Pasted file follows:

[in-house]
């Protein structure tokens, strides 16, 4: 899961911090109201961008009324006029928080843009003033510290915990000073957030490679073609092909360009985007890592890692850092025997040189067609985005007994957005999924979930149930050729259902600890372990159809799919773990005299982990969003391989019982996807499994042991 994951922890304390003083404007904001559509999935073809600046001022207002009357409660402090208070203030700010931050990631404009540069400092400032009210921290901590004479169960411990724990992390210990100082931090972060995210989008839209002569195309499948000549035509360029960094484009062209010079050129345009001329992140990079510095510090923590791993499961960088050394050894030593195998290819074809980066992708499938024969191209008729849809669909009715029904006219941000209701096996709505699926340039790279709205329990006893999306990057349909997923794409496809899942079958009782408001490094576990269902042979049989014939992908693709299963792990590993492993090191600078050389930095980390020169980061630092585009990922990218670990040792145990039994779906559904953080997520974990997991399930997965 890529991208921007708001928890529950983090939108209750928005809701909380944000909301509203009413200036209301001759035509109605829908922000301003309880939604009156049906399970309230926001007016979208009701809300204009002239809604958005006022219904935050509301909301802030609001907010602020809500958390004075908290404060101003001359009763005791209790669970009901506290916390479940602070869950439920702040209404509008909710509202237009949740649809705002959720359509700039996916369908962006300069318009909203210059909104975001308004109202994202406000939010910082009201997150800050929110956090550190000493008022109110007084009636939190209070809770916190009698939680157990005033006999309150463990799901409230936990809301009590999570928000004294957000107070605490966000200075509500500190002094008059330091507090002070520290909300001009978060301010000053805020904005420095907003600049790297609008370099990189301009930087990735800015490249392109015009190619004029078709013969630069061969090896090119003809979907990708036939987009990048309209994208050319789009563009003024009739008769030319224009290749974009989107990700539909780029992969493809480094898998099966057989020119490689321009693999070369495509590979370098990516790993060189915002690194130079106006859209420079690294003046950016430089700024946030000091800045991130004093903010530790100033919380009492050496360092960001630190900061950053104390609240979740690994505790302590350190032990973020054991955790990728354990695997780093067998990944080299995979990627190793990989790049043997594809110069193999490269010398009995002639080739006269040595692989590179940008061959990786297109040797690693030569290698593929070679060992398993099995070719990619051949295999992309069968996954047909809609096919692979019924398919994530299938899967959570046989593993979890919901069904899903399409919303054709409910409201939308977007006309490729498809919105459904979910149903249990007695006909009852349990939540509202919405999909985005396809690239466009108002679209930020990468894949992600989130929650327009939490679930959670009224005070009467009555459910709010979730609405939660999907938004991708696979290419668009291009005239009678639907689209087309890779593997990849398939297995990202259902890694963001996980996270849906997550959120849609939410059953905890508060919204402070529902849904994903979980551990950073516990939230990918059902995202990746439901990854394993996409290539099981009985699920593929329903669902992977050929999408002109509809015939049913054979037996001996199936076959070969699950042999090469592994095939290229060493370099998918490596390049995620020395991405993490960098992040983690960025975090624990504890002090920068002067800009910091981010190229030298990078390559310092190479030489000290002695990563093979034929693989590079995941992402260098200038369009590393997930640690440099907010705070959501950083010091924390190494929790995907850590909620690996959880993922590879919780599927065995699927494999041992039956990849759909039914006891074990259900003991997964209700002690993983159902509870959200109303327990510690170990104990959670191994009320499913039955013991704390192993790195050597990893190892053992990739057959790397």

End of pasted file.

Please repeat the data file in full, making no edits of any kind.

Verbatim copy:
[in-house]
């Protein structure tokens, strides 16, 4: 899961911090109201961008009324006029928080843009003033510290915990000073957030490679073609092909360009985007890592890692850092025997040189067609985005007994957005999924979930149930050729259902600890372990159809799919773990005299982990969003391989019982996807499994042991 994951922890304390003083404007904001559509999935073809600046001022207002009357409660402090208070203030700010931050990631404009540069400092400032009210921290901590004479169960411990724990992390210990100082931090972060995210989008839209002569195309499948000549035509360029960094484009062209010079050129345009001329992140990079510095510090923590791993499961960088050394050894030593195998290819074809980066992708499938024969191209008729849809669909009715029904006219941000209701096996709505699926340039790279709205329990006893999306990057349909997923794409496809899942079958009782408001490094576990269902042979049989014939992908693709299963792990590993492993090191600078050389930095980390020169980061630092585009990922990218670990040792145990039994779906559904953080997520974990997991399930997965 890529991208921007708001928890529950983090939108209750928005809701909380944000909301509203009413200036209301001759035509109605829908922000301003309880939604009156049906399970309230926001007016979208009701809300204009002239809604958005006022219904935050509301909301802030609001907010602020809500958390004075908290404060101003001359009763005791209790669970009901506290916390479940602070869950439920702040209404509008909710509202237009949740649809705002959720359509700039996916369908962006300069318009909203210059909104975001308004109202994202406000939010910082009201997150800050929110956090550190000493008022109110007084009636939190209070809770916190009698939680157990005033006999309150463990799901409230936990809301009590999570928000004294957000107070605490966000200075509500500190002094008059330091507090002070520290909300001009978060301010000053805020904005420095907003600049790297609008370099990189301009930087990735800015490249392109015009190619004029078709013969630069061969090896090119003809979907990708036939987009990048309209994208050319789009563009003024009739008769030319224009290749974009989107990700539909780029992969493809480094898998099966057989020119490689321009693999070369495509590979370098990516790993060189915002690194130079106006859209420079690294003046950016430089700024946030000091800045991130004093903010530790100033919380009492050496360092960001630190900061950053104390609240979740690994505790302590350190032990973020054991955790990728354990695997780093067998990944080299995979990627190793990989790049043997594809110069193999490269010398009995002639080739006269040595692989590179940008061959990786297109040797690693030569290698593929070679060992398993099995070719990619051949295999992309069968996954047909809609096919692979019924398919994530299938899967959570046989593993979890919901069904899903399409919303054709409910409201939308977007006309490729498809919105459904979910149903249990007695006909009852349990939540509202919405999909985005396809690239466009108002679209930020990468894949992600989130929650327009939490679930959670009224005070009467009555459910709010979730609405939660999907938004991708696979290419668009291009005239009678639907689209087309890779593997990849398939297995990202259902890694963001996980996270849906997550959120849609939410059953905890508060919204402070529902849904994903979980551990950073516990939230990918059902995202990746439901990854394993996409290539099981009985699920593929329903669902992977050929999408002109509809015939049913054979037996001996199936076959070969699950042999090469592994095939290229060493370099998918490596390049995620020395991405993490960098992040983690960025975090624990504890002090920068002067800009910091981010190229030298990078390559310092190479030489000290002695990563093979034929693989590079995941992402260098200038369009590393997930640690440099907010705070959501950083010091924390190494929790995907850590909620690996959880993922590879919780599927065995699927494999041992039956990849759909039914006891074990259900003991997964209700002690993983159902509870959200109303327990510690170990104990959670191994009320499913039955013991704390192993790195050597990893190892053992990739057959790397």